Russell Moore recently wrote a widely cited post on "The Cross and the Confederate flag."
I realize it's tiresome to keep commenting on this issue. It's tiresome to read about. I find it tiresome to write about. Since, however, important public policy issues get framed in these emblematic terms, I'll say a bit more.
i) Although Moore is well-intentioned, he often dives into the deep end of the pool without knowing how to swim. He lacks the requisite wisdom to be a Christian social commentator.
ii) His article included the following, oft-quoted statement:
"The cross and the Confederate flag cannot co-exist without one setting the other on fire."
I guess that's supposed to be catchy and memorable. Since, however, wooden crosses are made of flammable material while some flags are made of fire retardant material, I don't think his intended point is well served by that illustration.
iii) Getting to the meat of the issue, we have a succession of self-flagellating white evangelicals who keep fighting the last war. Refighting antebellum slavery. Refighting Jim Crow.
Already, the generation that lived under Jim Crow is a dying generation. We shouldn't make the younger generation hostage to the moral failings of a dying generation. Like every generation, the younger generation has its own ethical challenges to confront.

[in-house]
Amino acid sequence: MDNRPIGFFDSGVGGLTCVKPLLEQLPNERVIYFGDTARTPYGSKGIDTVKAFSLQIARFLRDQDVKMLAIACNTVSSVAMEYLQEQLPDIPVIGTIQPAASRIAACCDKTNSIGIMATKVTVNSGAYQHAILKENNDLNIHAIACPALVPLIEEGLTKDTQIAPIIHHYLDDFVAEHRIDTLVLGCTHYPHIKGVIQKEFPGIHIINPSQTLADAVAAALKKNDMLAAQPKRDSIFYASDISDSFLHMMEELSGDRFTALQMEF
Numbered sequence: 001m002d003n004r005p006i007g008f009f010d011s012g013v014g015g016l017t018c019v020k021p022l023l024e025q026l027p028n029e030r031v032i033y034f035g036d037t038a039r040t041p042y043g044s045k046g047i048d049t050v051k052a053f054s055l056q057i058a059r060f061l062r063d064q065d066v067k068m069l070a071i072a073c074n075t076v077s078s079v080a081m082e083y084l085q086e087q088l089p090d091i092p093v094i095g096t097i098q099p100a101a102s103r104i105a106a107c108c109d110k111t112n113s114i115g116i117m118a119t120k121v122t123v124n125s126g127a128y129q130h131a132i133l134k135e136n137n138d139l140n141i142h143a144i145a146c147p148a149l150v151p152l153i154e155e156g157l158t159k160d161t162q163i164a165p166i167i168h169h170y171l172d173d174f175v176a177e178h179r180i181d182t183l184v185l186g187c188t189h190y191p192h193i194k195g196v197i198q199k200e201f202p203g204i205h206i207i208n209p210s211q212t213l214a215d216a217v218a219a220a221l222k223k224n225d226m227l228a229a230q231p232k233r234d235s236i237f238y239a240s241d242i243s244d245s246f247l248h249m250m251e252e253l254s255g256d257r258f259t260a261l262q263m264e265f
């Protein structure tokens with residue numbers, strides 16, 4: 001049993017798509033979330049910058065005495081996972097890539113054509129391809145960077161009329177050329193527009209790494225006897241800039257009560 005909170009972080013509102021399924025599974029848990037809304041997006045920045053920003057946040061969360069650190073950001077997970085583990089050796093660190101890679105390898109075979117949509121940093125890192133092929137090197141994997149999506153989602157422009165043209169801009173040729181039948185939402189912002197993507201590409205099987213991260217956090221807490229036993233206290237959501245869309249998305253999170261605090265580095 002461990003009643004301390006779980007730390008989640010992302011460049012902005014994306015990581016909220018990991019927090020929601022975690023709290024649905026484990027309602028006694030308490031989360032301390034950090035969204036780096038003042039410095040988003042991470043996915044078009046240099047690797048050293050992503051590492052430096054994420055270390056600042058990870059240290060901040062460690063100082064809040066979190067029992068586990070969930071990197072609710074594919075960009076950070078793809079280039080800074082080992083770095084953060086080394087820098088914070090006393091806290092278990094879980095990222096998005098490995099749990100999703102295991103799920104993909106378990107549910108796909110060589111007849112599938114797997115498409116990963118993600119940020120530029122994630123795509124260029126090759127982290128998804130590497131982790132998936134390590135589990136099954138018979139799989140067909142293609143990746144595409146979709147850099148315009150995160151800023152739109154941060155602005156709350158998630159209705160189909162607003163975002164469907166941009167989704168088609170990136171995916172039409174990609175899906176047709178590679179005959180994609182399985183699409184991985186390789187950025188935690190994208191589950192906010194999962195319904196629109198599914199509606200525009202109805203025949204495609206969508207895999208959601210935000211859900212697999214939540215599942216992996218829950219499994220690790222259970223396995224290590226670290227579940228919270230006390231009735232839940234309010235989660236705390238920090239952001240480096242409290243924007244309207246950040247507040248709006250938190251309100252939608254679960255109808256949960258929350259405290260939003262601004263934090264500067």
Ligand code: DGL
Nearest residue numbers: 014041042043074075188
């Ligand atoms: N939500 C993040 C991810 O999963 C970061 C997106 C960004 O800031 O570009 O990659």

It reminds me of some Jews who are oblivious to the real threats facing modern-day Jews by Muslims and their apologists or enablers in secular academia because they keep looking back at the history of European anti-Semitism. They don't see the danger ahead. They don't realize that evangelicals are generally their best friends.
iv) I think a lot of the appeal of refighting the last war is that you don't have to solve real problems or assume a real risk.
Frankly, some of these evangelicals remind me of Tony Campolo's recent announcement about the "full inclusion" of the LGBT community in the church. Campolo's position must have been one of the world's worst kept secrets. His announcement was so anti-climatic because it was so predictable.
What is more, the timing was so timid. He waited until the wind was at his back. Rather than leading the charge, he hung back until it was safe to come out into the open.
Honestly, I'm not impressed by all the back-patting. I had a grandfather (b. 1883, Missouri) who was a Southern evangelist. He used to preach to mixed gatherings of black and white. When he arrived, they'd be roped off into segregated areas. The first thing he'd do was to take the ropes down.
That was a very daring, very dangerous thing to do back then. Indeed, the KKK got wind of his provocative practice and began to monitor his meetings. His response was to preach directly at and against Klasmen in the audience.
That was an incredibly ballsy thing to do back in the heyday of the KKK. An invitation to get yourself lynched.
It doesn't take bravery for Mohler, Moore et al. to denounce the past. I'm not saying there's anything wrong with that. But it's not exactly courage under fire. It's made possible by the valor of those who went before.